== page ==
1

Life began in the sea, and (will) probably going to end on the land.

Sounds good both ways, but I wonder if one is more grammatical than the other?

Or maybe I should write something like this:

Life began in the sea, and will probably end on the land.

  • 3
    Will probably gonna is a bad combination. If I were you, I would have inserted an is instead of will. – It's Over Apr 8 '15 at 12:05
  • 1
    @MARamezani You nailed it. Post it, Danno! – StoneyB on hiatus Apr 8 '15 at 12:09
  • But sea levels are rising, so the sea will probably end on the land too. – Tᴚoɯɐuo Apr 8 '15 at 12:20
  • @TRomano I think Ebola will be faster, or nuclear weapons. – alexchenco Apr 8 '15 at 12:29
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    Land sounds better than the land in this sentence. – snailcar Apr 8 '15 at 14:57
3

Experimenting possible sentences popping out:

Life began in the sea, and probably *going to end on the land.

There is no way that gerund will work there. Looking at the sentence, a future structure is needed. A very common form of forming such structure is using be + going + to. This is fixed. You can not omit anything from it. 1

Life began in the sea, and *will probably going to end on the land.

Answering this with a quote from EnglishPage:

Simple Future has two different forms in English: "will" and "be going to." Although the two forms can sometimes be used interchangeably, they often express two very different meanings.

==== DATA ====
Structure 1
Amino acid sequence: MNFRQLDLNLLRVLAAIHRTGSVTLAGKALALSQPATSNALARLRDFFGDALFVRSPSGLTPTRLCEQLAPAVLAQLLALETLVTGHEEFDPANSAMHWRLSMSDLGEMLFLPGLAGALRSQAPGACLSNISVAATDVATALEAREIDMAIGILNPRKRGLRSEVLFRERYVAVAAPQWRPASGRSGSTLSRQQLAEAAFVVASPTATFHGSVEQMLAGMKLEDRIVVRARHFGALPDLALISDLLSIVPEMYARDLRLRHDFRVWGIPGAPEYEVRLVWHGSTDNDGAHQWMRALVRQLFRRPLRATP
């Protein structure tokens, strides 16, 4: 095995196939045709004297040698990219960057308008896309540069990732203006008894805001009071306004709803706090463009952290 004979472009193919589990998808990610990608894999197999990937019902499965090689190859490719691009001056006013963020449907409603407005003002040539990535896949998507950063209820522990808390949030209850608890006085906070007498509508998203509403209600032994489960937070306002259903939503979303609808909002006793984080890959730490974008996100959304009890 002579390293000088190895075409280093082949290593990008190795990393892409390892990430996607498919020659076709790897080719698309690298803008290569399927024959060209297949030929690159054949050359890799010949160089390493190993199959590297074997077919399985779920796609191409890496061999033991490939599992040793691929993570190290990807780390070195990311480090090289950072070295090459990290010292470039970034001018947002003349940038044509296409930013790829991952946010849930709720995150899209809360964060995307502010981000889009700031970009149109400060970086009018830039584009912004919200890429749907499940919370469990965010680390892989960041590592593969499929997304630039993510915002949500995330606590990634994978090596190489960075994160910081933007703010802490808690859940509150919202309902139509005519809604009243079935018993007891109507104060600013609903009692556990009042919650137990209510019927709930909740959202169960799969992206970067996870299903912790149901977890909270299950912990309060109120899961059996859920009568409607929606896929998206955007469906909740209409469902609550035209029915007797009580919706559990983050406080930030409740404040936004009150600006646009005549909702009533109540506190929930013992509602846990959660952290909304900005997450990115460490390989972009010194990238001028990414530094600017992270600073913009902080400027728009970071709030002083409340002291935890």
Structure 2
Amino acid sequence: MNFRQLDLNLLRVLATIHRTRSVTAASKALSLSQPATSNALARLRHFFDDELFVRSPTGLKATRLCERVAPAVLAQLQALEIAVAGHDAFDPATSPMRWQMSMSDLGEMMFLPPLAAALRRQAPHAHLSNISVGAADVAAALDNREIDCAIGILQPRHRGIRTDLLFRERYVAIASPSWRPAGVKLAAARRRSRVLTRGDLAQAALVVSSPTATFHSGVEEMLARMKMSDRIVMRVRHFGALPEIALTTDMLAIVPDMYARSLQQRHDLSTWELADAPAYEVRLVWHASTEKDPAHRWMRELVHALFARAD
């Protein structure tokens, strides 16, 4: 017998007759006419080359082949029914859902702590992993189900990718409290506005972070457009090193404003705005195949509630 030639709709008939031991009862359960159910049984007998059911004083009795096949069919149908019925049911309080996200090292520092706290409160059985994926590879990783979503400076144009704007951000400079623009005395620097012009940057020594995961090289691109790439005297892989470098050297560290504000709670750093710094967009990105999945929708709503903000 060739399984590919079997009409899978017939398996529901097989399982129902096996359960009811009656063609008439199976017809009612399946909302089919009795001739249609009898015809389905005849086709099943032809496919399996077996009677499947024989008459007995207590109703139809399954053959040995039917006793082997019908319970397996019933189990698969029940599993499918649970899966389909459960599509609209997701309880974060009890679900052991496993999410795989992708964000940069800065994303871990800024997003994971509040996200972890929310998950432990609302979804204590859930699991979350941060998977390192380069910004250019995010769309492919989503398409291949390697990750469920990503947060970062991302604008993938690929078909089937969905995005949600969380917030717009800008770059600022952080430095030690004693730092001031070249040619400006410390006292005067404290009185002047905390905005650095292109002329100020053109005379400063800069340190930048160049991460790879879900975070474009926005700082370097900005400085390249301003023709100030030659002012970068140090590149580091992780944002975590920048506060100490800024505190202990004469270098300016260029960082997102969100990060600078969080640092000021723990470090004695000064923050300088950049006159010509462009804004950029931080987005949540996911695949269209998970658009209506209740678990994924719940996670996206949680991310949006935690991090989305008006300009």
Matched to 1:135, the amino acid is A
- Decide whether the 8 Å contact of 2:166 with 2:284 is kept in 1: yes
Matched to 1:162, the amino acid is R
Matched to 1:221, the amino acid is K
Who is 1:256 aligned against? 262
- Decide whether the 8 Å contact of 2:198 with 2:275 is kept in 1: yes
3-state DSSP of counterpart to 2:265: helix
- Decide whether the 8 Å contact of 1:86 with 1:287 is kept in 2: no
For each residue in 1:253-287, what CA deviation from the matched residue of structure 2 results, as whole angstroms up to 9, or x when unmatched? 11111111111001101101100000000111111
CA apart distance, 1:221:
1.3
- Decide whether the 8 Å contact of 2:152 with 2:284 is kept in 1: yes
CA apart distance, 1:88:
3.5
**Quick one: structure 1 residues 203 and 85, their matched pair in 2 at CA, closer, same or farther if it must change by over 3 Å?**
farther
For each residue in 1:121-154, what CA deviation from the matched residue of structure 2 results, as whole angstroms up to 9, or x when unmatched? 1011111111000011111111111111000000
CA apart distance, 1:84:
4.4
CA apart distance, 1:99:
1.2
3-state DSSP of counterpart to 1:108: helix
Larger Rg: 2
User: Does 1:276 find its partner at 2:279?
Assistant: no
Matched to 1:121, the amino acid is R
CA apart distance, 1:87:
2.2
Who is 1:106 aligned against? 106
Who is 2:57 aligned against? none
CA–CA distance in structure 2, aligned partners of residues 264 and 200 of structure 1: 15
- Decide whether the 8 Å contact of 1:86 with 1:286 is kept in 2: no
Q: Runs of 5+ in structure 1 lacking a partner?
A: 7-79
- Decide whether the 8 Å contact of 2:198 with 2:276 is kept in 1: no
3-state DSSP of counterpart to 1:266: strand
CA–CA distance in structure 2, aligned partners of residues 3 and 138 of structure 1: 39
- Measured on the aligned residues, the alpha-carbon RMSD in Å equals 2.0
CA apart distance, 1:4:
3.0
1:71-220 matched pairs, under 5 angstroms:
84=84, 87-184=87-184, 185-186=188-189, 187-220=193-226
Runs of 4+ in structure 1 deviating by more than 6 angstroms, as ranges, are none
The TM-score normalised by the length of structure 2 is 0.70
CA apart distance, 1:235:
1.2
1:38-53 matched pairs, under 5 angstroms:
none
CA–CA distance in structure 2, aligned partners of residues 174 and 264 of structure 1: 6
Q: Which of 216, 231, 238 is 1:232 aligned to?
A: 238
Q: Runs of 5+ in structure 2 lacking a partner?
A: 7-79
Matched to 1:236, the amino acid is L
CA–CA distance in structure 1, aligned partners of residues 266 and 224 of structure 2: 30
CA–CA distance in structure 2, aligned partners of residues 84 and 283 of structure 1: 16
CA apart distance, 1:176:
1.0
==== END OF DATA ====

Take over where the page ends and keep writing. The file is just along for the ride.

So, sometimes these forms are interchangeable. That means they are not used together. "Will" + "going to" isn't gonna work. The correct form of the sentence goes as following:

Life began in the sea, and is probably going to end on the land.

Regarding your last sentence:

Life began in the sea, and will probably end on the land.

Referring back to the very page:

USE 4: "Will" or "Be Going to" to Express a Prediction

Both "will" and "be going to" can express the idea of a general prediction about the future. Predictions are guesses about what might happen in the future. In "prediction" sentences, the subject usually has little control over the future and therefore USES 1-3 do not apply. In the following examples, there is no difference in meaning.

And that means the last sentence is equally valid.


1: I have seen many learners fall in the trap of omitting one of either be or to in this simple future structure, and I'm not an analyst or teacher or whatever! At least, that kind of error is frequent here.

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